Connecting the WiFly module to the printer controller

As the Azteeg boards do not have a standard Arduino pin layout, you cannot directly plug in the XBee shield. Instead I soldered on a set of jumper leads onto the shield so that I could connect it to the Azteeg expansion port header pins (using the same X1 or X3 alternate serial port pins described for the JY-MCU module). I did this by simply cutting off the end of a M/M or M/F jumper lead and soldering it directly onto the correct pins of the shield (for instance, using https://www.sparkfun.com/products/9140 jumper leads although you can find cheaper).

[I could have simply connected the leads directly to Arduino connectors on the underside of the board (without soldering) but this would have made mounting the board awkward. In fact to make the board sit flat, I actually physically cut off all the underside Arduino connectors using a pair of side cutter pliers.]

Here is a photo of the module connected to an Azteeg X3 controller:

[+5V and GND are connected to the corresponding pins in the EXP3 header. The module's RXD and TXD pins are connected to D16 and D17 pins of the EXP1 header (respectively). The two XBee shield switches are in the right-hand position (this just selects which shield pins the RXD & TXD signals are connected to).]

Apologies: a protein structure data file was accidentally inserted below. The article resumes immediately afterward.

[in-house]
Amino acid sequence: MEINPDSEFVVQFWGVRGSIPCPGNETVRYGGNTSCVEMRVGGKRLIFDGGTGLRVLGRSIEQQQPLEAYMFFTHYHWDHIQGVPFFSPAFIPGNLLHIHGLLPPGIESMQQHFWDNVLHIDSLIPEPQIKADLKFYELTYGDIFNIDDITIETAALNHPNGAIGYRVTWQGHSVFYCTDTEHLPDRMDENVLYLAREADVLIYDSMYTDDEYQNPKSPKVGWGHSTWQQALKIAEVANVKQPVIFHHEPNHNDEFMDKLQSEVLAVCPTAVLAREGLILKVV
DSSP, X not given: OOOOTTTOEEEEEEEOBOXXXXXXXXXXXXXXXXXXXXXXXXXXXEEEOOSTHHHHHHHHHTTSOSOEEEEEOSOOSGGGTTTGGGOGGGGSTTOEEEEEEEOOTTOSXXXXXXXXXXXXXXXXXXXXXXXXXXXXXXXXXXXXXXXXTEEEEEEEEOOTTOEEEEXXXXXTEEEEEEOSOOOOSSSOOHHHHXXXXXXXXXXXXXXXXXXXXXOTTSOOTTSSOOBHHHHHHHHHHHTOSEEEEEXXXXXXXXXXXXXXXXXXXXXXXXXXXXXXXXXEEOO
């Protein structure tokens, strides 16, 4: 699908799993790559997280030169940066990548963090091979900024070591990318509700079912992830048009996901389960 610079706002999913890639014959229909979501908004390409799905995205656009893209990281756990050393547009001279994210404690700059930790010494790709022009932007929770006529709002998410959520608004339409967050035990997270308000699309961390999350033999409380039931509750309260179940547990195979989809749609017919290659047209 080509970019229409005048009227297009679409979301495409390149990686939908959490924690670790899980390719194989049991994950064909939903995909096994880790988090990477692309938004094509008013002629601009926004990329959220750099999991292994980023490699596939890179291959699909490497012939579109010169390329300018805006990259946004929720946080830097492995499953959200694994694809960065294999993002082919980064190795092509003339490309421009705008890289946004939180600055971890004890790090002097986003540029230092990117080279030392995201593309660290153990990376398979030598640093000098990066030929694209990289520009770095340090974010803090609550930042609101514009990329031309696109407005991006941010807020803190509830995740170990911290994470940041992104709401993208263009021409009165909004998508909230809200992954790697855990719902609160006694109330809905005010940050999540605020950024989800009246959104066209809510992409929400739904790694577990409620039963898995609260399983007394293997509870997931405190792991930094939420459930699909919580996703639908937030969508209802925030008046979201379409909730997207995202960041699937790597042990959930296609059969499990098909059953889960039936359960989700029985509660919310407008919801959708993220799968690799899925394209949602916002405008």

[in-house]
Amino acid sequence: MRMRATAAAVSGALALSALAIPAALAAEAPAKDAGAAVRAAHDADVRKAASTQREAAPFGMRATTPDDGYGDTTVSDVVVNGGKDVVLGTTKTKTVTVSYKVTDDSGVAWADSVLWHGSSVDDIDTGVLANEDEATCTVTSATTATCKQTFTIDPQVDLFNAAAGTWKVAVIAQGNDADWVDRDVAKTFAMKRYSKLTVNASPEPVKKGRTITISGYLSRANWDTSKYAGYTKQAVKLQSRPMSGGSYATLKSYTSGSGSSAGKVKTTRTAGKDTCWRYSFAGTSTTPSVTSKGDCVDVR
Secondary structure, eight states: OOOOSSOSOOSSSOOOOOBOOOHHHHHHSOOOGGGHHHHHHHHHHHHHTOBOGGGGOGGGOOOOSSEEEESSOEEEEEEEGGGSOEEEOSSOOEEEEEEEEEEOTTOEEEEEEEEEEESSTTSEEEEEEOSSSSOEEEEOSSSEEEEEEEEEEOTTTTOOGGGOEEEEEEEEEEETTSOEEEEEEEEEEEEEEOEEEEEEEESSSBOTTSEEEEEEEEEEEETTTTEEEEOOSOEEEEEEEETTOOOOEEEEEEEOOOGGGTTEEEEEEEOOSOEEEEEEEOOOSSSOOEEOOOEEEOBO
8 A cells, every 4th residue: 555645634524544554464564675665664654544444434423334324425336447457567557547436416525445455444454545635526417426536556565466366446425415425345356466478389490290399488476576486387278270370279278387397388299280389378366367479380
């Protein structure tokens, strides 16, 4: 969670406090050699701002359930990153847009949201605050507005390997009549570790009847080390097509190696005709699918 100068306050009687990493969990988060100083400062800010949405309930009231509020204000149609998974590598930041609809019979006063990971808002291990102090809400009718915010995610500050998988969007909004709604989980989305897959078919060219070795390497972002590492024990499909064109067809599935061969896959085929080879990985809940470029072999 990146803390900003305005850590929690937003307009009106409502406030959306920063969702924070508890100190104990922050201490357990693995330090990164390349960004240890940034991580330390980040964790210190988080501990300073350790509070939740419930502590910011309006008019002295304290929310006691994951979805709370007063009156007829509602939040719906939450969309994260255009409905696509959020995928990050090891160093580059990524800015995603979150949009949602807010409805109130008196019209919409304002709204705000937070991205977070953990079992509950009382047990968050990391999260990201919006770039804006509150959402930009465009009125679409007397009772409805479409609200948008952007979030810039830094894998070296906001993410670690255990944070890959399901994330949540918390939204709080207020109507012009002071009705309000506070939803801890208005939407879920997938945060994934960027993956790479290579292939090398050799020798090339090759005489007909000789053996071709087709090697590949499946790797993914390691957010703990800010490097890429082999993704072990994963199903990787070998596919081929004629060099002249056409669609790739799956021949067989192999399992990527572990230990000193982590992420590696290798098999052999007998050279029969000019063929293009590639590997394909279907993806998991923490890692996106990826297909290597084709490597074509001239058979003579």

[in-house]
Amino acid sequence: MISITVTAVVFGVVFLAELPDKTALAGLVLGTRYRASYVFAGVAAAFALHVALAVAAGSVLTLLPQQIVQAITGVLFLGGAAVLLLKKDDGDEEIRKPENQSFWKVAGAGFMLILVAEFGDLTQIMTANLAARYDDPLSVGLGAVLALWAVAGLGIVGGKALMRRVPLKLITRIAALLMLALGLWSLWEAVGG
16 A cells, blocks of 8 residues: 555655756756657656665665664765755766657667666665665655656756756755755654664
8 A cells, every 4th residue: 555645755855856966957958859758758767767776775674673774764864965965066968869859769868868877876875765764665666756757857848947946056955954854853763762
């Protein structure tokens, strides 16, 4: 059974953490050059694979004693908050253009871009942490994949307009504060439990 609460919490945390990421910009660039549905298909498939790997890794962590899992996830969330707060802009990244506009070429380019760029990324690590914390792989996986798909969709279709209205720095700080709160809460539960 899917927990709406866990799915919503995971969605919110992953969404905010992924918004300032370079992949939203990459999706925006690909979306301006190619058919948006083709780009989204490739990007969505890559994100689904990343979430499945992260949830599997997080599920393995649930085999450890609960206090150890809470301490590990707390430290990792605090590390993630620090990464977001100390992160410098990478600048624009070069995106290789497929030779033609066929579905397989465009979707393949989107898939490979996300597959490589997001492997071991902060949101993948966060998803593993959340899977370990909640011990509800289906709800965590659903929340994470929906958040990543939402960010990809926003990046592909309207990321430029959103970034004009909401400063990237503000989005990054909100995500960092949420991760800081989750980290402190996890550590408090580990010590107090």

Configuring the WiFly module

Once the WiFly module is connected to the Azteeg's alternate serial port, you need to follow similar instructions to configuring the JY-MCU module (in order to allow you to send commands to the WiFly module using the Arduino's USB serial port). Upload the same serial configuration program listed for the JY-MCU to the Azteeg board (don't forget to change Serial2 to Serial1 for an X1 controller). The WiFly module also has a default baud rate of 9600 (8 bits, 1 stop bit, no parity).

Set the Arduino IDE Serial Monitor to use a baud of 57600 (to match the configuration program) and initially set the line ending to be “No line ending” and send $$$ to make the WiFly module enter command mode. It should respond with CMD.

Then change the line ending to “Both NL & CR” to send the rest of the commands.

The command set supported by this module is fairly extensive. You can find a full command reference and user guide here: http://www.rovingnetworks.com/resources/download/93/WiFly_User_Manual